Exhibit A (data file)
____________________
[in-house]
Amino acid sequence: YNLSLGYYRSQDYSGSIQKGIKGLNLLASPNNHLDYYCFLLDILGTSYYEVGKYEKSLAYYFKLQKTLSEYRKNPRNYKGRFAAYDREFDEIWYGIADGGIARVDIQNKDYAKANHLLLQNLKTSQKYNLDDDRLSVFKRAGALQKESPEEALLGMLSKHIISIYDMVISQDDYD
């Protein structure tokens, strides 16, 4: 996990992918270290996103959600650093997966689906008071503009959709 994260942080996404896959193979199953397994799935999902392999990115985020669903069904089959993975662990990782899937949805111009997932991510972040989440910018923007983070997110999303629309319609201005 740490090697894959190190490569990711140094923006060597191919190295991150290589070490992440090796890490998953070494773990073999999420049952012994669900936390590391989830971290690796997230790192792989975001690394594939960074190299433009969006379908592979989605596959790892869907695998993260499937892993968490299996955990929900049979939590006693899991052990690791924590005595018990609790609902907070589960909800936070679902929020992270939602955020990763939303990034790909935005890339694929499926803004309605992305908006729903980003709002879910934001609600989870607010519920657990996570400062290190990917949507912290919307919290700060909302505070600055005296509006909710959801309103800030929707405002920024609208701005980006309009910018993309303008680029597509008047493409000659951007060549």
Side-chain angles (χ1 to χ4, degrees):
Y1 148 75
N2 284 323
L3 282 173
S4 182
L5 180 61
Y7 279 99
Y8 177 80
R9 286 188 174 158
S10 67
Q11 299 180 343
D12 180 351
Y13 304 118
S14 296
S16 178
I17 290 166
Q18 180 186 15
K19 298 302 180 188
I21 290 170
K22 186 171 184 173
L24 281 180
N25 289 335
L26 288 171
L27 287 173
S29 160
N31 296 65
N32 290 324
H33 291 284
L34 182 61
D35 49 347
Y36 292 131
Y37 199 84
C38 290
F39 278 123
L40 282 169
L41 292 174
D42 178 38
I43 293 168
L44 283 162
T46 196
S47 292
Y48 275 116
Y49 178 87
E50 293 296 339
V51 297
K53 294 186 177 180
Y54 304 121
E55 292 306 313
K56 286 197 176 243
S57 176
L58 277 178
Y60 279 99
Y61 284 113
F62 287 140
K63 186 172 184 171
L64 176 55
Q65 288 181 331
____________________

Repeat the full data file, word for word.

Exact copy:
[in-house]
Amino acid sequence: YNLSLGYYRSQDYSGSIQKGIKGLNLLASPNNHLDYYCFLLDILGTSYYEVGKYEKSLAYYFKLQKTLSEYRKNPRNYKGRFAAYDREFDEIWYGIADGGIARVDIQNKDYAKANHLLLQNLKTSQKYNLDDDRLSVFKRAGALQKESPEEALLGMLSKHIISIYDMVISQDDYD
């Protein structure tokens, strides 16, 4: 996990992918270290996103959600650093997966689906008071503009959709 994260942080996404896959193979199953397994799935999902392999990115985020669903069904089959993975662990990782899937949805111009997932991510972040989440910018923007983070997110999303629309319609201005 740490090697894959190190490569990711140094923006060597191919190295991150290589070490992440090796890490998953070494773990073999999420049952012994669900936390590391989830971290690796997230790192792989975001690394594939960074190299433009969006379908592979989605596959790892869907695998993260499937892993968490299996955990929900049979939590006693899991052990690791924590005595018990609790609902907070589960909800936070679902929020992270939602955020990763939303990034790909935005890339694929499926803004309605992305908006729903980003709002879910934001609600989870607010519920657990996570400062290190990917949507912290919307919290700060909302505070600055005296509006909710959801309103800030929707405002920024609208701005980006309009910018993309303008680029597509008047493409000659951007060549």
Side-chain angles (χ1 to χ4, degrees):
Y1 148 75
N2 284 323
L3 282 173
S4 182
L5 180 61
Y7 279 99
Y8 177 80
R9 286 188 174 158
S10 67
Q11 299 180 343
D12 180 351
Y13 304 118
S14 296
S16 178
I17 290 166
Q18 180 186 15
K19 298 302 180 188
I21 290 170
K22 186 171 184 173
L24 281 180
N25 289 335
L26 288 171
L27 287 173
S29 160
N31 296 65
N32 290 324
H33 291 284
L34 182 61
D35 49 347
Y36 292 131
Y37 199 84
C38 290
F39 278 123
L40 282 169
L41 292 174
D42 178 38
I43 293 168
L44 283 162
T46 196
S47 292
Y48 275 116
Y49 178 87
E50 293 296 339
V51 297
K53 294 186 177 180
Y54 304 121
E55 292 306 313
K56 286 197 176 243
S57 176
L58 277 178
Y60 279 99
Y61 284 113
F62 287 140
K63 186 172 184 171
L64 176 55
Q65 288 181 331